Handling the Ups and Downs
Treks are rarely flat. On the Everest Base Camp trek our guide dubbed the less steep sections of the trail as Nepalee Flat. Loosely translated, it meant flat for Nepal. You see there were no flat areas on the trail, just steep and less steep.
The key to successful trekking is to not overtax yourself charging an uphill. Your goal is to maintain your heart rate as much as possible. This usually means slowing down as you climb a steep grade and accelerating slightly on the down hills. However, it’s not just about speed; it’s about your stride.
When climbing a steep grade, imagine yourself like a bicycle rider. When climbing a hill, bikers switch gears into a mode that requires less effort. As trekkers we can accomplish the same by taking shorter quick strides. The shorter strides reduce the effort per stride. By increasing your turnover, you make up for some, but not all of the loss of stride length.
Here’s a simple test to illustrate the method’s effectiveness. Try running up a few flights of steps as fast as you can. Do it once leaping over two steps per stride and then try it one step at a time. You certainly can get up the steps quicker take two at a time (simulating longer strides) than one at a time (simulating shorter strides), but your breathing is much harder when the longer strides are taken.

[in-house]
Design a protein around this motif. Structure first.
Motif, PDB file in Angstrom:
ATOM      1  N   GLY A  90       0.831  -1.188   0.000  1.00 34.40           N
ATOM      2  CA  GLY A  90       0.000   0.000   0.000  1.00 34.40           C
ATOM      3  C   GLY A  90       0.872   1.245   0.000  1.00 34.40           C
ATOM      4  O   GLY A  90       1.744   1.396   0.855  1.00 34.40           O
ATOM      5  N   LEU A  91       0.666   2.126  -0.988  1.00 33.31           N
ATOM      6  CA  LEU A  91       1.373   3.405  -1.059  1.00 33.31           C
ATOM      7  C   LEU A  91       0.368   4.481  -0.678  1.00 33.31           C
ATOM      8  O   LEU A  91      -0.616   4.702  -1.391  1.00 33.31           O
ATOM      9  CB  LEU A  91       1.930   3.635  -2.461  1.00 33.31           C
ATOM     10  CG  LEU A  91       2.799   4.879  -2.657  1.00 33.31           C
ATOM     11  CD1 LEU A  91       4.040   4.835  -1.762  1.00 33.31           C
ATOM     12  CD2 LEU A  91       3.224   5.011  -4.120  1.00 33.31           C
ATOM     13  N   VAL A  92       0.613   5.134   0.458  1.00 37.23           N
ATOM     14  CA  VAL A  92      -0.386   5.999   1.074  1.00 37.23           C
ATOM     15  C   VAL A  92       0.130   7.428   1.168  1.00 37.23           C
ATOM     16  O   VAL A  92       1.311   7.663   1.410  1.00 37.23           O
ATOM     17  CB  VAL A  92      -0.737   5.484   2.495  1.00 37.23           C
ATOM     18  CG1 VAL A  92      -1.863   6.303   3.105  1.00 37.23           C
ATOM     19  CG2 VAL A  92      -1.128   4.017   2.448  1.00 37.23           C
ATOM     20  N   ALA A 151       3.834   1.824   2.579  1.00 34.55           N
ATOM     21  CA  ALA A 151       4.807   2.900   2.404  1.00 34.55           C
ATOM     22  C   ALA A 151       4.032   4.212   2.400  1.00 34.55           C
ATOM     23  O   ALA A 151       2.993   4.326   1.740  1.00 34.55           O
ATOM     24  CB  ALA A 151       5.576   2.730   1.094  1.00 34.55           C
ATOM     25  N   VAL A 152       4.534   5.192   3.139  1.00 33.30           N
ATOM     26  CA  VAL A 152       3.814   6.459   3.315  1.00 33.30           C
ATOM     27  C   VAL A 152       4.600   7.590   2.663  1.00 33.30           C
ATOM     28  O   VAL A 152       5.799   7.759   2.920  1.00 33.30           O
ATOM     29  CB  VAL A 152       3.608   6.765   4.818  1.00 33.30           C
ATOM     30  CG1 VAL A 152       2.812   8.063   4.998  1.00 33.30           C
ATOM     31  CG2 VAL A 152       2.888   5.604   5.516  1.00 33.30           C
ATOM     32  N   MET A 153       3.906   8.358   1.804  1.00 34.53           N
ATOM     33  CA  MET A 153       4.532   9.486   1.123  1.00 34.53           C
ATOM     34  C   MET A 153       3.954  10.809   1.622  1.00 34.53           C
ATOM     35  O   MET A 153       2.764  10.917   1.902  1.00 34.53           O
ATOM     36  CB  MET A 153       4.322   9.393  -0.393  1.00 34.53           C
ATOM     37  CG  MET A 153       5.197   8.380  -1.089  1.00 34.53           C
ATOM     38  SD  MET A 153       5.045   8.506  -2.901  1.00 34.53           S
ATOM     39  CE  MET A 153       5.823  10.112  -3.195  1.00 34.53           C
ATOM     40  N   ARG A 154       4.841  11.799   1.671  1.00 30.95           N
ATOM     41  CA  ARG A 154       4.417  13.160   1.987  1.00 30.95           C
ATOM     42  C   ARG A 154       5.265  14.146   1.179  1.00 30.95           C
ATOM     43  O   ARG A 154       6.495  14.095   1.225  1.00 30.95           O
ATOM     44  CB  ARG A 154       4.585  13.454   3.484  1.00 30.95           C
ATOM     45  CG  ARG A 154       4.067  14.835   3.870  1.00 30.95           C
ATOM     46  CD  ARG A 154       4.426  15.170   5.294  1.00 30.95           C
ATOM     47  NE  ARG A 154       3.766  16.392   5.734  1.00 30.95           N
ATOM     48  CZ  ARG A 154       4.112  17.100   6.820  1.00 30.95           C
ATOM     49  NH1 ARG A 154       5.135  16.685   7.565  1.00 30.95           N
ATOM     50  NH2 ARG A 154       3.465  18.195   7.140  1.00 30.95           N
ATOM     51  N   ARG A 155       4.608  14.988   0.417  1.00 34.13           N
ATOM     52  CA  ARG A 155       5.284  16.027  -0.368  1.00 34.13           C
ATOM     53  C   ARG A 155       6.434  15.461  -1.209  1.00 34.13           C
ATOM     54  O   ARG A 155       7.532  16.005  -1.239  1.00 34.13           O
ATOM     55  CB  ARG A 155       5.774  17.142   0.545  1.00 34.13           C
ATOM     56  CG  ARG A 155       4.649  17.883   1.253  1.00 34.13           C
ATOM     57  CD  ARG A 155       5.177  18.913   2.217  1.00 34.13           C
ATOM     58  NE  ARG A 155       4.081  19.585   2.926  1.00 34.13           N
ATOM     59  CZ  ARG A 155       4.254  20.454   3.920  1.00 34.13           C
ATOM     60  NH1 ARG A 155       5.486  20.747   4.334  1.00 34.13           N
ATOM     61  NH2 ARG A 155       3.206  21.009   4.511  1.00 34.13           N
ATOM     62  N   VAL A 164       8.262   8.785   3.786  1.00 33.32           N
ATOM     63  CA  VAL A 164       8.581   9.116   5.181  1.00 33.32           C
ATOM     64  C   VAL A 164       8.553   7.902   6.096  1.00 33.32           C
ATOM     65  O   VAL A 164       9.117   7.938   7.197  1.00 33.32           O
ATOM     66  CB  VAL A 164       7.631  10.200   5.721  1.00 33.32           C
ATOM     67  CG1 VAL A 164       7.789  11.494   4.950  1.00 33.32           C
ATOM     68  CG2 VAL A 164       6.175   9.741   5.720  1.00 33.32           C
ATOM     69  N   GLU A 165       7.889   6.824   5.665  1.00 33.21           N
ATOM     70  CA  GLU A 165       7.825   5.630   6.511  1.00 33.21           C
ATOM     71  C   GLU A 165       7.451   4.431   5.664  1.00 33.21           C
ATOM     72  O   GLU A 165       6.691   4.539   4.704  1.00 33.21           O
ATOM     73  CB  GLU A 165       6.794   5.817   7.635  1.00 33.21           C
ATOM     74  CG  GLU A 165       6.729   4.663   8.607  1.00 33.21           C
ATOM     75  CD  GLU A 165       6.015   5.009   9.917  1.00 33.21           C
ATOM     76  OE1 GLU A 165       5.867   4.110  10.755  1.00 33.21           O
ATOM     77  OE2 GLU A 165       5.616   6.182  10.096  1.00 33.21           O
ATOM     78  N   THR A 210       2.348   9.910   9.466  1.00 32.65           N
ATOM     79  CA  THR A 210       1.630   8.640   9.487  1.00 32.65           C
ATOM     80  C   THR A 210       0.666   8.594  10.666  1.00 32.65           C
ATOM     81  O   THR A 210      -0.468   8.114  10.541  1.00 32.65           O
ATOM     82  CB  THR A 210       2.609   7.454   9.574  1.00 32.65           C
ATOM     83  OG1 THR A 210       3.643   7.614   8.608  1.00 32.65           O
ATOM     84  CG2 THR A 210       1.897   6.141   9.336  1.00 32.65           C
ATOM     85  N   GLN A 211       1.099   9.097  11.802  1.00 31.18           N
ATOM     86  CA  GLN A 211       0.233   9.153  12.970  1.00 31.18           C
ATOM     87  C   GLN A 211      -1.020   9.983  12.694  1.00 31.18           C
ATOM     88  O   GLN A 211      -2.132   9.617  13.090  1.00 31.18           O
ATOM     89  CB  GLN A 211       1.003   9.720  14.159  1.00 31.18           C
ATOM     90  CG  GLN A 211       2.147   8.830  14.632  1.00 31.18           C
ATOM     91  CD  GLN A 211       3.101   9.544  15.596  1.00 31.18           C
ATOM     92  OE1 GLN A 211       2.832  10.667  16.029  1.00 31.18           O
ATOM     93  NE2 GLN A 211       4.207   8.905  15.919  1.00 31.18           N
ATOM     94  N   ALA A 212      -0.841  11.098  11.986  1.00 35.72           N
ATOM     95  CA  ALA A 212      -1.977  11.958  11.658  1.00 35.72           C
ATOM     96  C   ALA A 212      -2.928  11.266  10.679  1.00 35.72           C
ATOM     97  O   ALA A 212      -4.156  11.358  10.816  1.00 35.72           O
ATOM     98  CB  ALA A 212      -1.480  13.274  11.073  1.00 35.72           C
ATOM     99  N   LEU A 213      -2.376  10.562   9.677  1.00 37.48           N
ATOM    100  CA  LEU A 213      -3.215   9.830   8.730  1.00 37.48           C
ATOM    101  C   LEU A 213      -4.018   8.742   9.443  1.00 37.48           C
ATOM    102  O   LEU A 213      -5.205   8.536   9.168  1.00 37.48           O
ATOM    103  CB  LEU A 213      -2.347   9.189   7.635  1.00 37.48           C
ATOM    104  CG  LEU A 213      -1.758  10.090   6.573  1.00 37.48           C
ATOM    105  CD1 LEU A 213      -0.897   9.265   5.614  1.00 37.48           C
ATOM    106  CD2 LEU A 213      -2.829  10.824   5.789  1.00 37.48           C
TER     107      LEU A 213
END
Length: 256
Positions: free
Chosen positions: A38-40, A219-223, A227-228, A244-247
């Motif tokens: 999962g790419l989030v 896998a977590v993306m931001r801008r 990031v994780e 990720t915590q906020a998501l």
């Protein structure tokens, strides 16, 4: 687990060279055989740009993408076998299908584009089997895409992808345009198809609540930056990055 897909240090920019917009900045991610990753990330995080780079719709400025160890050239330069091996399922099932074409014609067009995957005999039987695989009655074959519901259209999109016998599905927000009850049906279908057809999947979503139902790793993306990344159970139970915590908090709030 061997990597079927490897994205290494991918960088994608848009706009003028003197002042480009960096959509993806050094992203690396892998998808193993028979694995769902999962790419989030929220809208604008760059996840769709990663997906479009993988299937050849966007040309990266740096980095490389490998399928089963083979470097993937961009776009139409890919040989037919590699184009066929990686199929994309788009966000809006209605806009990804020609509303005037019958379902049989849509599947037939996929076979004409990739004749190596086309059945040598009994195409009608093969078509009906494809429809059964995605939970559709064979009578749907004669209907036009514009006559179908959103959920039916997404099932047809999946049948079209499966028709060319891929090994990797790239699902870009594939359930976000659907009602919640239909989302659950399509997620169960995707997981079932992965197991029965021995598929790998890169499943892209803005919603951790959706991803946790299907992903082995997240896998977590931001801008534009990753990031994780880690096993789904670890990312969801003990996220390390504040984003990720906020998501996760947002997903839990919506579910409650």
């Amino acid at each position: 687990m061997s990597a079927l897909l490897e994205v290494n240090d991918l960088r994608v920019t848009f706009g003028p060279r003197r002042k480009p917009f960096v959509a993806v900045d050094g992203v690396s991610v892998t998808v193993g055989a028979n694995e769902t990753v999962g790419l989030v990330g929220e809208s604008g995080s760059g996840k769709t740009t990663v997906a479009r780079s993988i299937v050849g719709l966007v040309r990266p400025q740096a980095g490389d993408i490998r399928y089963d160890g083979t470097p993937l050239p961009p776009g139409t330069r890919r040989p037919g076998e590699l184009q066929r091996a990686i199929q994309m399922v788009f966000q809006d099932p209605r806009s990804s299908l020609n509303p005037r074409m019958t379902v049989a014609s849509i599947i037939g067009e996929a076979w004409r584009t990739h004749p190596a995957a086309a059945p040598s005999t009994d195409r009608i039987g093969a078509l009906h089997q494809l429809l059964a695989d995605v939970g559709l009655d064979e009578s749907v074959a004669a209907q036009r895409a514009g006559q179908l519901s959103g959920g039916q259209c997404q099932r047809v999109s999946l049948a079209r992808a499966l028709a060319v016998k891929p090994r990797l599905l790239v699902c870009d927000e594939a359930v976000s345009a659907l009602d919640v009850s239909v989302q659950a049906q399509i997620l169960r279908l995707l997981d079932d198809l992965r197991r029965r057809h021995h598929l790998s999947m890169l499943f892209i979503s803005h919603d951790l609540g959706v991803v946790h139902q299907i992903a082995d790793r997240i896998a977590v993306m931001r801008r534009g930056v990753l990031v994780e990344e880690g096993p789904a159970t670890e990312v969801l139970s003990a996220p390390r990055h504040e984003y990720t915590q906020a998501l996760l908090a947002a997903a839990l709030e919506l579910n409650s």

oing down hill, the process reverses itself. Take longer strides, allowing the trail’s grade to help you along. For an added bit of speed, lead your lead with your hip. By swinging your hip forward with each stride, you extend your stride a few inches with each step and thus get added distance for almost no effort. Remember to use trekking poles to help absorb the stress of your body’s weight as it strikes the ground with greater force on the down hills.